# Remove zeros from a 3D array

50 views (last 30 days)
Uerm on 3 Feb 2020
Commented: Uerm on 10 Feb 2020
Hi,
I have a 3D array A = 90x38021x1633. The second dimension (38021) contains a lot of zeros as I have done zero padding before concatenating multiple 3D arrays to get A. How can I now remove these zeros such that B = 90xYx1633, where Y < 38021?
Thanks!

the cyclist on 3 Feb 2020
Edited: the cyclist on 3 Feb 2020
Do you mean you have "slices" of all zeros? Then this should work:
% Create an array like your A matrix, where some "slices" of data is all zeros
A = repmat([0 0 0 0; 1 0 0 0; 1 0 1 0],[1 1 5]);
% Find indices to slices in the 1-3 plane that have any non-zeros.
idx = any(A ~= 0,[1 3]);
% Create B from only the slices that have non-zeros
B = A(:,idx,:);
Just use your A, instead of the pretend one I made. Also, you can combine the two steps by just doing
B = A(:,any(A ~= 0,[1 3]),:);
but I wanted to call out explicitly what is going on.

Nils Speetzen on 3 Feb 2020
Hi,
I assume you want to remove rows/planes containing only zeros. To find these, you can use
all(A==0, [1 3])
This searches for all planes where all entries along the first and third dimension are equal to zero.
To remove all those rows/planes, you can directly index A via this expression:
A(:,all(A==0, [1 3]),:) = []
I hope this helps!

Uerm on 3 Feb 2020
Hi, the point with the zero padding is to concatenate the 3D arrays into one 3D array. I want to remove these zeros after I have concatenated the arrays. The reason for this is that I will use this 3D array to calculate some features which are to be used for classification (machine learning). These added zeros will therefore have an influence on the calculated features.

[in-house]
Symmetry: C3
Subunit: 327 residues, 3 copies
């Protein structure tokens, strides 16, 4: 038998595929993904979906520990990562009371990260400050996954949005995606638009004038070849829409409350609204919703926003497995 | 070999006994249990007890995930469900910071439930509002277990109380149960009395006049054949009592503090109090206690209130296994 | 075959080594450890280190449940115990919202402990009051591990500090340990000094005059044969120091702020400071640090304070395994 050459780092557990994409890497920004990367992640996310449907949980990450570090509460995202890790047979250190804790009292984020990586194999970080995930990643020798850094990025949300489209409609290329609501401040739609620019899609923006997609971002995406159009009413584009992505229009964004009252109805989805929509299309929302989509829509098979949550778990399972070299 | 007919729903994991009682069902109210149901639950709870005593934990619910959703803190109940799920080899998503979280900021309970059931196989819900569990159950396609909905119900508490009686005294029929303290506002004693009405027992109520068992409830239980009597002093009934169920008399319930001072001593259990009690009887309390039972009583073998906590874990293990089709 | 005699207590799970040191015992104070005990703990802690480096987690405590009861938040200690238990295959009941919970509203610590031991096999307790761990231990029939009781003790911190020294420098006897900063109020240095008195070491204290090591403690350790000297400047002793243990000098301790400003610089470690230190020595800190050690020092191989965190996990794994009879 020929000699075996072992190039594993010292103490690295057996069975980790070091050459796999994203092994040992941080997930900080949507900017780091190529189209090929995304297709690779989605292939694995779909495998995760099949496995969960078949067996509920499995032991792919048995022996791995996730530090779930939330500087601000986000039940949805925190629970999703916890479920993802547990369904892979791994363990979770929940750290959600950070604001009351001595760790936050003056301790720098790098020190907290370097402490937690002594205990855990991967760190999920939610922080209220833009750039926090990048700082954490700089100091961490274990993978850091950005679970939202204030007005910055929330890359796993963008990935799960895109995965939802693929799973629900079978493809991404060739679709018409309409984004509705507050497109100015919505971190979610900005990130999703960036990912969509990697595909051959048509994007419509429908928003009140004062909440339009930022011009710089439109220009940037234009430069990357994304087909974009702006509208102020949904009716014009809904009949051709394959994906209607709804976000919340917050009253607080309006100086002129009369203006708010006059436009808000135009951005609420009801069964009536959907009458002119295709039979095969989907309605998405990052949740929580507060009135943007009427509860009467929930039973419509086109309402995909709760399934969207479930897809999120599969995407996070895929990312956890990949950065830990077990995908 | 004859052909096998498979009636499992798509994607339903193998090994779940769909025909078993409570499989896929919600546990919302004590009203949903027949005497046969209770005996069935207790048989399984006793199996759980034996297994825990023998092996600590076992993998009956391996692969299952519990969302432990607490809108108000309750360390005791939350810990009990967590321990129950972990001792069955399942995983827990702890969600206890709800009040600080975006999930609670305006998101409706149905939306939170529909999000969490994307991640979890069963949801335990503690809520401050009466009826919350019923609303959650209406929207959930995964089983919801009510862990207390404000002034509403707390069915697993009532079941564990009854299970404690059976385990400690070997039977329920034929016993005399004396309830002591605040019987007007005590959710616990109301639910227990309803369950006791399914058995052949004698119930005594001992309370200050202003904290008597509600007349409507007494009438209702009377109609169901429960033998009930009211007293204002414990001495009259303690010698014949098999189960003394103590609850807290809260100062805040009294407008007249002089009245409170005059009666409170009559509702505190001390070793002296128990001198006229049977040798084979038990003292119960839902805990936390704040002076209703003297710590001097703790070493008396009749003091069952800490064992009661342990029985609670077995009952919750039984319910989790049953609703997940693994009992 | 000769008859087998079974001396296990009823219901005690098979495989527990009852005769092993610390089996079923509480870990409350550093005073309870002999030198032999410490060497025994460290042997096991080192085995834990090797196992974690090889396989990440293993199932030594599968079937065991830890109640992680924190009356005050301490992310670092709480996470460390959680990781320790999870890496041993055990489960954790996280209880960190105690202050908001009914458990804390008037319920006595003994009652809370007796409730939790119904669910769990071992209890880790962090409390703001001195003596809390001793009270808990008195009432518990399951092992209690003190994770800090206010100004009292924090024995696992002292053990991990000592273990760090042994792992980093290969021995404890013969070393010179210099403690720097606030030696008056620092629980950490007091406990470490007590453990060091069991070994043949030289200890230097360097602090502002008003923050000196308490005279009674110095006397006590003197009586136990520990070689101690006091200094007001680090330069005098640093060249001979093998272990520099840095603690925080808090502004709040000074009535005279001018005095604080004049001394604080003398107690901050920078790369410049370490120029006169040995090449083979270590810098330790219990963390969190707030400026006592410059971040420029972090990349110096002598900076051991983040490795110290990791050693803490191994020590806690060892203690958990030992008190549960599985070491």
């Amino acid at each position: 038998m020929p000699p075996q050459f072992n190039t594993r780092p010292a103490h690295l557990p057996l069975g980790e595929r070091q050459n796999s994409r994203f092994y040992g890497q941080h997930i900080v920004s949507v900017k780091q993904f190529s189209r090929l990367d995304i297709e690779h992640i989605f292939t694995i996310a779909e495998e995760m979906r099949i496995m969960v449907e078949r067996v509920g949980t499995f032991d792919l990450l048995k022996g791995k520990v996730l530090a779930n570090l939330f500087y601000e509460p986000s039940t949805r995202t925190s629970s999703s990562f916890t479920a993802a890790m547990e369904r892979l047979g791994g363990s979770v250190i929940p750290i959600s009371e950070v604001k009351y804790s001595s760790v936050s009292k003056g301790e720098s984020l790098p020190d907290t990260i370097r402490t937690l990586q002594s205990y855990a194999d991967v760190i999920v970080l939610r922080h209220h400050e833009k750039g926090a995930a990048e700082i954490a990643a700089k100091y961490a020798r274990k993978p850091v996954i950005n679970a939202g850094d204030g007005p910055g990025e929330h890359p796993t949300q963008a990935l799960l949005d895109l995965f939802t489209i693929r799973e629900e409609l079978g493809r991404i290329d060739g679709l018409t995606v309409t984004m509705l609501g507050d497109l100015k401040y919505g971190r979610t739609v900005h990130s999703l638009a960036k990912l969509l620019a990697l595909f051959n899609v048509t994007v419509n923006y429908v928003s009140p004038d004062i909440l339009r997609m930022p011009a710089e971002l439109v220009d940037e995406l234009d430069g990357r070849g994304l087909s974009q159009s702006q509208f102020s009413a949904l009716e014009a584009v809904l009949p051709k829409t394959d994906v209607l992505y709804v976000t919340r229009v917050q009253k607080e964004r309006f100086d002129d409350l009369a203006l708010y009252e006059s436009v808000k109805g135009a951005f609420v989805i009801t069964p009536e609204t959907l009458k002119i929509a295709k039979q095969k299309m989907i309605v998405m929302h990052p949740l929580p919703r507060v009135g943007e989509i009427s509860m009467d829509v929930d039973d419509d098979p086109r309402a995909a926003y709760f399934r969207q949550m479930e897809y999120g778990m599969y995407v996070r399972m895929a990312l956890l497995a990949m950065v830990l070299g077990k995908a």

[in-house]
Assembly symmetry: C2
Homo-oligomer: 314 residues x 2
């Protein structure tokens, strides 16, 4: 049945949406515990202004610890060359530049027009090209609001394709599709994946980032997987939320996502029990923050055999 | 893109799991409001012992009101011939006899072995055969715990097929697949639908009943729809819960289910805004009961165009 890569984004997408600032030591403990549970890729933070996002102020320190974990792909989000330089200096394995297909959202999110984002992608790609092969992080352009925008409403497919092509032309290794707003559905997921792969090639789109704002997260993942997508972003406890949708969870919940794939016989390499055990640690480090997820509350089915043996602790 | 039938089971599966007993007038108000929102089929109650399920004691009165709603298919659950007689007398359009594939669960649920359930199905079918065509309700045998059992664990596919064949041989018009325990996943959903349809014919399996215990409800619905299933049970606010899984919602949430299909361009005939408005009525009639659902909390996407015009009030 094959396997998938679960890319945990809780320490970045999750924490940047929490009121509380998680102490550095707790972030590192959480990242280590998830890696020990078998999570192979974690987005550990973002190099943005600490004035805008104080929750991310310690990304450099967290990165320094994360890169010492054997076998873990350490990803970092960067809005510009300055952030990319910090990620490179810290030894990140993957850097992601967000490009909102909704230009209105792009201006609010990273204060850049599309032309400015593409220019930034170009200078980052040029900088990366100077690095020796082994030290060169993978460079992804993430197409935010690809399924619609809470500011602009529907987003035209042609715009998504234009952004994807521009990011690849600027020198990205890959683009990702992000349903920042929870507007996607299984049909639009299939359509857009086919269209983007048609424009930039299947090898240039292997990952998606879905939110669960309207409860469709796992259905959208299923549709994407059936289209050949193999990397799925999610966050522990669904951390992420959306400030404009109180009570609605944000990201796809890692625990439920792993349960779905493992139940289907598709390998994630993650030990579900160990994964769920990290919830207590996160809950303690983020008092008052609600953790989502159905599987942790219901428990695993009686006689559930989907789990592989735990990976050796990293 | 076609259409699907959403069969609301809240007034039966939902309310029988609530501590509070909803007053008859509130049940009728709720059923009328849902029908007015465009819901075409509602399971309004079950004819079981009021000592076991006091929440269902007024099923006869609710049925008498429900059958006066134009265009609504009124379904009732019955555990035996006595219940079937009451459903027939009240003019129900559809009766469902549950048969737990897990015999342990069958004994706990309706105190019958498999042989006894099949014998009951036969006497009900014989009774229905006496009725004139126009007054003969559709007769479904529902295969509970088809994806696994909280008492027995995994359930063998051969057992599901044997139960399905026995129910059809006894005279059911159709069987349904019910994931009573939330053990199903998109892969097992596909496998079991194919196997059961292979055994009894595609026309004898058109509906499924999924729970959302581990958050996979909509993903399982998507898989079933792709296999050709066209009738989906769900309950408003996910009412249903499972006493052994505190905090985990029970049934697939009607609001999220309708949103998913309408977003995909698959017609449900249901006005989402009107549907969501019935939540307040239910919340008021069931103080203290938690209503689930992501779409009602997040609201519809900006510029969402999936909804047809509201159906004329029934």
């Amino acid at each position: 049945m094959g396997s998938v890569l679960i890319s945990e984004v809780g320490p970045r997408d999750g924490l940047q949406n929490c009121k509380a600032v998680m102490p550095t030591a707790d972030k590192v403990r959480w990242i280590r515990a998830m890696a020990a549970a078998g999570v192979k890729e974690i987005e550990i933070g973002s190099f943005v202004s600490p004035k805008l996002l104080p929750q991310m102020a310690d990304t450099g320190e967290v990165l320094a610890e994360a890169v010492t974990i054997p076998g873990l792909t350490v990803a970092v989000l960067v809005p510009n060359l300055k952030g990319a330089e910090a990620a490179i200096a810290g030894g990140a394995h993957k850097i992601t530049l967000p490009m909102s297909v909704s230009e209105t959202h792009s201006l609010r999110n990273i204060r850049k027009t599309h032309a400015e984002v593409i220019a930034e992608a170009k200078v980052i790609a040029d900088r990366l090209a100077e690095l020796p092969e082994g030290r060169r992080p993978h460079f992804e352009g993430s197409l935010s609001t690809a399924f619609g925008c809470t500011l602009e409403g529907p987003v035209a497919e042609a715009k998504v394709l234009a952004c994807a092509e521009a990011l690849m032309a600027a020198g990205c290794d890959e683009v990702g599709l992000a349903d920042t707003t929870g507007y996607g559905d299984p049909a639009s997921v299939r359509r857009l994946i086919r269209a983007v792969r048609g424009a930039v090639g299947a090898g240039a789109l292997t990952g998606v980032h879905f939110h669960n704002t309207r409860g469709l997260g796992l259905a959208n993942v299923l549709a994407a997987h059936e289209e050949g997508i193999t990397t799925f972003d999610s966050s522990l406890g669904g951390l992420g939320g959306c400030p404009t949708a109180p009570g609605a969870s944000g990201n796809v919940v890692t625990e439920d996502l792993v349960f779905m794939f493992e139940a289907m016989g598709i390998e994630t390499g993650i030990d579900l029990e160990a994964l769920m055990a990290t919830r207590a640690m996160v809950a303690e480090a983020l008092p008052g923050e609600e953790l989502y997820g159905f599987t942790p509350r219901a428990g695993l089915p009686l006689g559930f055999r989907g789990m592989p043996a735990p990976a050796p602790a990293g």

Will it be a better idea to have the second dimension be equal to the shortest one for the 3D arrays before I concatenate them?
the cyclist on 3 Feb 2020
I'm not certain I fully understand, but I am getting some idea. Again, looking at just some small arrays as examples.
So maybe you had an array A1:
A1 = [1 2 0;
3 4 5];
And you have another array A2:
A2 = [5 6 7;
8 9 0];
And you end up with A by concatenating A1 and A2 along the third dimension:
A = cat(3,A1,A2)
A(:,:,1) =
1 2 0
3 4 5
A(:,:,2) =
5 6 7
8 9 0
So A has some data where the zeros are not meaningful, and are just placeholders.
But, repeating my prior comment, you CANNOT just "remove" them. A matrix cannot have an "empty" spot.
You could do
A(A==0) = NaN
A(:,:,1) =
1 2 NaN
3 4 5
A(:,:,2) =
5 6 7
8 9 NaN
which replaces the zeros with NaN (not-a-number). You might then be able to do later steps in your calculation. Does that help?
Uerm on 10 Feb 2020
Thanks a lot for your help! It makes sense now.

R2019b

### Community Treasure Hunt

Find the treasures in MATLAB Central and discover how the community can help you!

Start Hunting!